Shoalhaven City Council’s largest energy consumer Shoalhaven Water is looking to invest in solar power, and reduce the ever-rising cost of fuelling its operations.
Shoalhaven Water has identified its sewage treatment plant near Callala Bay as a possible site for a land-based solar farm.
The sewage treatment plant may soon be home to a 30 Megawatt solar farm.
With one Megawatt being enough to power 1000 homes, Shoalhaven Councillor and Sustainable Futures Committee chair Kaye Gartner is pleased with the size of the solar farm.
Council research indicates 41 per cent of the plant’s daily consumption is used between 9-5pm, peak hours for solar power generation.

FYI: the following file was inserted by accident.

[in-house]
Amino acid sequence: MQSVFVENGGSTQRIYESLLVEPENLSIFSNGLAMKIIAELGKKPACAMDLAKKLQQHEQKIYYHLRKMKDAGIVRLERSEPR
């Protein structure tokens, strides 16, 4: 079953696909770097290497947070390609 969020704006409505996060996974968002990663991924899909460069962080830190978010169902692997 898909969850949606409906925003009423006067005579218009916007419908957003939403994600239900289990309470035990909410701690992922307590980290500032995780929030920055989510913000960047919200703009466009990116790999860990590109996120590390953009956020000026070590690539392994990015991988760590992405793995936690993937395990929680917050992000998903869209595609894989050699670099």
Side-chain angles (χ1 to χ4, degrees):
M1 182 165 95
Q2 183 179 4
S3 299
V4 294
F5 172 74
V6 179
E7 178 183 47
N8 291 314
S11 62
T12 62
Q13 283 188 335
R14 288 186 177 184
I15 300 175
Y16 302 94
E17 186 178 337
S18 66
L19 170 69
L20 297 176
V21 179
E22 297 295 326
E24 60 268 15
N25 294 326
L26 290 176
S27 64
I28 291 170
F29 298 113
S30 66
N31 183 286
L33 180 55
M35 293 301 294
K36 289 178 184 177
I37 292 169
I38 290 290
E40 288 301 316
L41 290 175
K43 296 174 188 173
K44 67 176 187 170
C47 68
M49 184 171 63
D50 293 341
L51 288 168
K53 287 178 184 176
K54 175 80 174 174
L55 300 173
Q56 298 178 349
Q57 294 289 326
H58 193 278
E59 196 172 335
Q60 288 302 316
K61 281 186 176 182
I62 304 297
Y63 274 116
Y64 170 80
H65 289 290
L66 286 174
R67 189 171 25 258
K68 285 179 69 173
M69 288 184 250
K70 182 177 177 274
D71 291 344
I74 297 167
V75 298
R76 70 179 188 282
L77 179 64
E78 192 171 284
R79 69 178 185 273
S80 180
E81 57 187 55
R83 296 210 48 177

Further investigations into the feasibility of the project were given the green light at council last month.
There was some concern raised by Councillor Mitchell Pakes about council’s spending on this project during a time where council may also be asking ratepayers to dig deeper.
However, mayor Amanda Findley, who lives in a fully solar-powered home, said it was worth investing in renewable energy sources.
“It’s about financial sustainability,” she said.
“You have to be able to spend money to reduce your costs.”
The tender for the project may be released as soon as February.
Shoalhaven Water will also investigate the feasibility of implementing a floating solar system on Bamarang Dam near Bundanoon.
The 30-hectare body of water provides enough space for the solar farm.
Aside from the cost benefit of a solar farm, it would reduce evaporation and water loss from the dam and prevent bacteria from forming.
However according to Cr Gartner while the technology is being refined, the idea may not be turned into a plan for a while yet.